(ATF) Hong Kong-listed China Telecom, the state-owned carrier blacklisted by Washington, said on March 9 that it plans to sell shares in Shanghai to broaden its financing channels.
Shares in the telecommunications provider rose as much as 9.8% in Hong Kong on March 10 to its highest in a year, before settling down up 2% in late morning trading.
China Telecom proposes to sell up to 12.09 billion shares publicly on the Shanghai Stock Exchange, or 13% of the enlarged capital base, according to an exchange filing.
The company will raise roughly $4.1 billion, based on its Hong Kong closing price on Tuesday.
China Telecom, along with China Mobile and China Unicom, are appealing against a decision by the New York Stock Exchange to delist their American Depositary Receipts (ADRs), after former president Donald Trump banned US investment in companies with alleged military backing.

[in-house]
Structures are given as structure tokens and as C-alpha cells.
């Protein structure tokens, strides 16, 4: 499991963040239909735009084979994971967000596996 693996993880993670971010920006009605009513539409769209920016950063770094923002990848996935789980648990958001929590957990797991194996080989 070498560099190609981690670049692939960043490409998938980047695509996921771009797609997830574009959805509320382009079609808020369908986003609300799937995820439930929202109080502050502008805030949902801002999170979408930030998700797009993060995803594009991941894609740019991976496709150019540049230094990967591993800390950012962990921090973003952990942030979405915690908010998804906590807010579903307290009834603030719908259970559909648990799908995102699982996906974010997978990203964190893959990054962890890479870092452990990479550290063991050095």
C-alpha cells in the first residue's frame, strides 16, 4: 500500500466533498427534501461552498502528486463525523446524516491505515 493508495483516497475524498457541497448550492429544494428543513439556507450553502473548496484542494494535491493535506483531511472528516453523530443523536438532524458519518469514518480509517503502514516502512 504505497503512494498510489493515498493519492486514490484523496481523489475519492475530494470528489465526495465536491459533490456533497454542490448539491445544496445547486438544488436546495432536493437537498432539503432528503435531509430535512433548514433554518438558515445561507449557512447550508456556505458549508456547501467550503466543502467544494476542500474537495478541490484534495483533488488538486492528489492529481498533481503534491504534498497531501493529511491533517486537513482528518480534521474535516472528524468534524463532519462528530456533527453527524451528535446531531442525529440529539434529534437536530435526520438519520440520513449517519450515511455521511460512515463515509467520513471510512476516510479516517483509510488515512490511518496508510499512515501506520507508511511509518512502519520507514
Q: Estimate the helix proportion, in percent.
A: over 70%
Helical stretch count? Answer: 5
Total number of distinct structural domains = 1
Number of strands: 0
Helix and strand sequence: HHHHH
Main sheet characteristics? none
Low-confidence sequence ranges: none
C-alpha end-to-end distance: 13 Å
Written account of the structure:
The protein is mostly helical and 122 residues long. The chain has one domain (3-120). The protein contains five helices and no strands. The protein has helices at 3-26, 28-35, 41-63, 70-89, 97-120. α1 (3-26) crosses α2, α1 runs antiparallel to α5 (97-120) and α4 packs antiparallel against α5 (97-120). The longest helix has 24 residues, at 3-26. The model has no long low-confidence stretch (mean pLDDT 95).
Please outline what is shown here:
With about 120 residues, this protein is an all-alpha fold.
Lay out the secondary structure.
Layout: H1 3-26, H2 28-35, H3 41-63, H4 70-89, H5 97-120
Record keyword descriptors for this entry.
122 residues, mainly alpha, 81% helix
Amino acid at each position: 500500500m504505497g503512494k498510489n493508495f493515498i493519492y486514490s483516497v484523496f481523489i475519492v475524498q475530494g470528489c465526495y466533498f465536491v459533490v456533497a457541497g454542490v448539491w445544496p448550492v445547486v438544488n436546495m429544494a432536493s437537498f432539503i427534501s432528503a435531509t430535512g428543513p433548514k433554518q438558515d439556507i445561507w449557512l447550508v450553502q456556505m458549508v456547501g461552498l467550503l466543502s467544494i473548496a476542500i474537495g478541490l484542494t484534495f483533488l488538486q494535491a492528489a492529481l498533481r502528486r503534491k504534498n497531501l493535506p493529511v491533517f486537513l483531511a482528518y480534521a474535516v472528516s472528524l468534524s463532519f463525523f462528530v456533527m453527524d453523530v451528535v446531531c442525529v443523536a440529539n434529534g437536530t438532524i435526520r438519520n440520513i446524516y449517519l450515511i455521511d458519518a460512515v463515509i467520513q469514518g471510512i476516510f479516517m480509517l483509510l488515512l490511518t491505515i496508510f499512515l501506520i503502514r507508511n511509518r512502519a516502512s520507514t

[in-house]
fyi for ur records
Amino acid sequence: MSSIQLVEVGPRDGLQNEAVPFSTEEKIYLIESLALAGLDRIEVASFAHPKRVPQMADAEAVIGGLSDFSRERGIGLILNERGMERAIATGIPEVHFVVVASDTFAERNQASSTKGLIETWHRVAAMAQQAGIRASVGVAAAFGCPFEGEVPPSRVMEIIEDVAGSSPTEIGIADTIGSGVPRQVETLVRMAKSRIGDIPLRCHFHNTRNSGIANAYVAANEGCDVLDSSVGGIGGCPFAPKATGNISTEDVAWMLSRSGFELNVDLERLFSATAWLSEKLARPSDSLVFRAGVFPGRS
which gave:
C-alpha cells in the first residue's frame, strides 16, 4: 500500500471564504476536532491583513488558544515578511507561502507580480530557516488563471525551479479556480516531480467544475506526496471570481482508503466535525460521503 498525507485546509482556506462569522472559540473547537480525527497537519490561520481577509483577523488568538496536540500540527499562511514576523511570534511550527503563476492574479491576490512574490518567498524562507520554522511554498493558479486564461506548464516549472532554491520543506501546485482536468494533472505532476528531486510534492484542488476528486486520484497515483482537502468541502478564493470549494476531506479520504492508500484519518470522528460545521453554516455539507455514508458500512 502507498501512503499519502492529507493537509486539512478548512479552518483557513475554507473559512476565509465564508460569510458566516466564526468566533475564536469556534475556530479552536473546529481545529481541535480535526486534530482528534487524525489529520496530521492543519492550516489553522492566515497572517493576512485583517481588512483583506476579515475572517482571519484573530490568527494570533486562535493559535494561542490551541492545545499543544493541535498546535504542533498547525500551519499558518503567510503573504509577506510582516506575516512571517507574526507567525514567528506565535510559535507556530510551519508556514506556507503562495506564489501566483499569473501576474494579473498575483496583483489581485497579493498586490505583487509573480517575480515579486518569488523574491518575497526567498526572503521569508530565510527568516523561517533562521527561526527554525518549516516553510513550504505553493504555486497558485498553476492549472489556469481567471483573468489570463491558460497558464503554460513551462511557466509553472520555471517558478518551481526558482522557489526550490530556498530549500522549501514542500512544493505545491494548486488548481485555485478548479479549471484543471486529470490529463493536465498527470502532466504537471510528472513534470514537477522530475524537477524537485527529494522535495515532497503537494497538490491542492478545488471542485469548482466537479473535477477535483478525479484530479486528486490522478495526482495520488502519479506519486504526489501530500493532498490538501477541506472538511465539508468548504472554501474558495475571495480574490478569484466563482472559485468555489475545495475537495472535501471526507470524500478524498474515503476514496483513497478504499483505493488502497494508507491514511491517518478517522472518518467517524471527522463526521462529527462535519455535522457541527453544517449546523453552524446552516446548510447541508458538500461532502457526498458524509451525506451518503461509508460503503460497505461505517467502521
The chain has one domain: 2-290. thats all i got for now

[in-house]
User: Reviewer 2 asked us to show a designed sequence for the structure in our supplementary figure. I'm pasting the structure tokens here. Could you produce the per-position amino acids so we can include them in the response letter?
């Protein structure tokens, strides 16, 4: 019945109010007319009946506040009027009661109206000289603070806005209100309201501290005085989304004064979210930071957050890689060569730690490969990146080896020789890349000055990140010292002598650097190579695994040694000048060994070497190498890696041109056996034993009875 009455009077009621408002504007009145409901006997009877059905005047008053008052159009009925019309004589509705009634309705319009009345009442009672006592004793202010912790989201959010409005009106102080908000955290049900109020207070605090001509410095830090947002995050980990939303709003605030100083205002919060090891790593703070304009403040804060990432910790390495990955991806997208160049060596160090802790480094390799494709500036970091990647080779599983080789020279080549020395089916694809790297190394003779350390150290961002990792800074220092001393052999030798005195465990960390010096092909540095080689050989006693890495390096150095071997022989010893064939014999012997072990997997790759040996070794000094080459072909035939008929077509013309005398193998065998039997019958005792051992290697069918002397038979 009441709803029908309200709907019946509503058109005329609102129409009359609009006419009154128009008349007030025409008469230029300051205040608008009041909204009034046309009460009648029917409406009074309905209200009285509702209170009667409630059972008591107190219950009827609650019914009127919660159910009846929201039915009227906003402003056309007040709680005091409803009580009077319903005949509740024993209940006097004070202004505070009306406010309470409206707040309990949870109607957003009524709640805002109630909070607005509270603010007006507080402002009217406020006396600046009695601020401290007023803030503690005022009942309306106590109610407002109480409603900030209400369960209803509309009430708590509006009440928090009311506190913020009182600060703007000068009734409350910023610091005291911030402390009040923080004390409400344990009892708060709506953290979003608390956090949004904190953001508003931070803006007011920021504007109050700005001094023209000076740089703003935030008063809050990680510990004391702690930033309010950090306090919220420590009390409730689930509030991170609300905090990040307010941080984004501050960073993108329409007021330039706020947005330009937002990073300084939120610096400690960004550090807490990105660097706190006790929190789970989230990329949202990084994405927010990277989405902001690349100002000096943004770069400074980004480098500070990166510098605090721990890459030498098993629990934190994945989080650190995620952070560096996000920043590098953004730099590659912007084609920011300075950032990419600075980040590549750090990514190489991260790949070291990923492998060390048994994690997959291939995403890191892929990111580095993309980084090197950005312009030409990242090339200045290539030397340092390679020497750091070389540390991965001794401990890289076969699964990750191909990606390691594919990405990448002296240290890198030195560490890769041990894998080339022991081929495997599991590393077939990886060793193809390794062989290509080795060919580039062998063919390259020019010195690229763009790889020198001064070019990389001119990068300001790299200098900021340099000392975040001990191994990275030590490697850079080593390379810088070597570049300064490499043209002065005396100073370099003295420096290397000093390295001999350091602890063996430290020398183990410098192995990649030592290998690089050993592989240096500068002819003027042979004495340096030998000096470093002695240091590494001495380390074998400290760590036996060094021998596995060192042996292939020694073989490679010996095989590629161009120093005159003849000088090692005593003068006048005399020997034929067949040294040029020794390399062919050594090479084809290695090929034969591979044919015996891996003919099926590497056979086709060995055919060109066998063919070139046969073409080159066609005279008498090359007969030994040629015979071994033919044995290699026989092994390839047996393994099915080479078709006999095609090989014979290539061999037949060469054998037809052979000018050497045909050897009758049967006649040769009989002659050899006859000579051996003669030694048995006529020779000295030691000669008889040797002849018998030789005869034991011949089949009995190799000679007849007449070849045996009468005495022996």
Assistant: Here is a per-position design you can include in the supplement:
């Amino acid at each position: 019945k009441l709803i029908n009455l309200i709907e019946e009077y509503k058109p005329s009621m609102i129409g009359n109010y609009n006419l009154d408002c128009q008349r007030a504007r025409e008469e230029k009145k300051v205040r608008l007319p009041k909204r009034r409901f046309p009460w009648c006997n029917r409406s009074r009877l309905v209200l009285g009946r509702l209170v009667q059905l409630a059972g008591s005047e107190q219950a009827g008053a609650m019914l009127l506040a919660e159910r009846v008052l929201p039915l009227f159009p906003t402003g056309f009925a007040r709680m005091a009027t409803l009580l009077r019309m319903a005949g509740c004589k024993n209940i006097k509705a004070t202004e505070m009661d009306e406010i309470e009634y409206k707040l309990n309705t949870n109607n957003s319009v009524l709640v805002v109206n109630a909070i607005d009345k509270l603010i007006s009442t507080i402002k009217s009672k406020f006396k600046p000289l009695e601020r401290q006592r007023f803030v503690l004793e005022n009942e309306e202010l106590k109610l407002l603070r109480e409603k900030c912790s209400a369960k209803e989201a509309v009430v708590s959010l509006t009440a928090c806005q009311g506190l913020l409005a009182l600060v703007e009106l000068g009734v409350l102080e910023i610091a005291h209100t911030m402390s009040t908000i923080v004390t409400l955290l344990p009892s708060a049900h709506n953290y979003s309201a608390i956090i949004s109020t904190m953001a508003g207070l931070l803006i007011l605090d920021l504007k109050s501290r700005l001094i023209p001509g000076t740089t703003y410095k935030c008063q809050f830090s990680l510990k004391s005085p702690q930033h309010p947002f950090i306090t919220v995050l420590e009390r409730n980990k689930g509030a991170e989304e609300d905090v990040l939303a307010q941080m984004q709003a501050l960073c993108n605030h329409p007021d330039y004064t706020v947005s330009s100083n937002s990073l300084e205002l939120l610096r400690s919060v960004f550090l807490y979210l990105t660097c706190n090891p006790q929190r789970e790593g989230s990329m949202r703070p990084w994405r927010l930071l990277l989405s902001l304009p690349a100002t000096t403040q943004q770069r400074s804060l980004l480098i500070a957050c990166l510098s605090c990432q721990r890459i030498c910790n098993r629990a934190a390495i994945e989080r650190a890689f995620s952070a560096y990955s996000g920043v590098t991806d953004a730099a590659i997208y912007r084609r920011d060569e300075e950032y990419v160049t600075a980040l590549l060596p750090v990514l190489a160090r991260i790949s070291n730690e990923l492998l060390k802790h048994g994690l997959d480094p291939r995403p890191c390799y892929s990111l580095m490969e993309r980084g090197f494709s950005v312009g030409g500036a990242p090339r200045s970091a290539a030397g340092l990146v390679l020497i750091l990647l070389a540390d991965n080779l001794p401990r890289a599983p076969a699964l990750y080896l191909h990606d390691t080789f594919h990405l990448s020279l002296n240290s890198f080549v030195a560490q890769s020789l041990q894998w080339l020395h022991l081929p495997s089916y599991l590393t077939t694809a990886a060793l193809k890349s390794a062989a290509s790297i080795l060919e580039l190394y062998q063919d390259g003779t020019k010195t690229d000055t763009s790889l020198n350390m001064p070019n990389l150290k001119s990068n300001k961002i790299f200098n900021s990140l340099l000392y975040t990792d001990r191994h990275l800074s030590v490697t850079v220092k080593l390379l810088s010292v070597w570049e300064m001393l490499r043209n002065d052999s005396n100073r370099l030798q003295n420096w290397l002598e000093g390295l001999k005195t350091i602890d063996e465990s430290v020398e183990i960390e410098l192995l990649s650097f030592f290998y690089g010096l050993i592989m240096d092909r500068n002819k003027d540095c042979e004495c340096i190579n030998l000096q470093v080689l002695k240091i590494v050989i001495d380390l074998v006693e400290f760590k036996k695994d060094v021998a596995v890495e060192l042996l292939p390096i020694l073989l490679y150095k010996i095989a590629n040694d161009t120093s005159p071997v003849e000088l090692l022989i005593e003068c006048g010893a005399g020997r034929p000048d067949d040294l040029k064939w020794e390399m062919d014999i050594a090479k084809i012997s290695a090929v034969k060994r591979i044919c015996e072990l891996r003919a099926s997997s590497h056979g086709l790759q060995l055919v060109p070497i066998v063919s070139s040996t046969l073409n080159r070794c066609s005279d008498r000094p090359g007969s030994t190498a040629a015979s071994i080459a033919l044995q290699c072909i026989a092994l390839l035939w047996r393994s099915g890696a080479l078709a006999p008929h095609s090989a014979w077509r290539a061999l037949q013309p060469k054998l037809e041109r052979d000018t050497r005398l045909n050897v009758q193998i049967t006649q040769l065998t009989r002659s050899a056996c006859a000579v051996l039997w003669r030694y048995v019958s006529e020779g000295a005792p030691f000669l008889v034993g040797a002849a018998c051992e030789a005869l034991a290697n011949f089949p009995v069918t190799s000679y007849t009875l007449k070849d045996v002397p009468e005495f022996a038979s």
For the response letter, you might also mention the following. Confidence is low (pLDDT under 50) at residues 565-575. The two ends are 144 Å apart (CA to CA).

Index publishers MSCI, FTSE Russell and S&P Dow Jones Indices removed the three Chinese companies from their global benchmarks after they were put on the US blacklist.
Analysts remain optimistic about all three Chinese companies despite the US blacklist.
“The impact of the US executive order is likely to create buying opportunities for ‘non-US-person’ investors,” Neale Anderson, head of Asia telecoms research at HSBC, said.
“We also note that they are close to joining those very few telcos – South Korea, Telstra come to mind – that have passed the peak of 5G investment,” he added.
This should enable them to shift their focus to new service development – particularly in the enterprise realm – as well as shareholder returns, Anderson noted.
With reporting by Reuters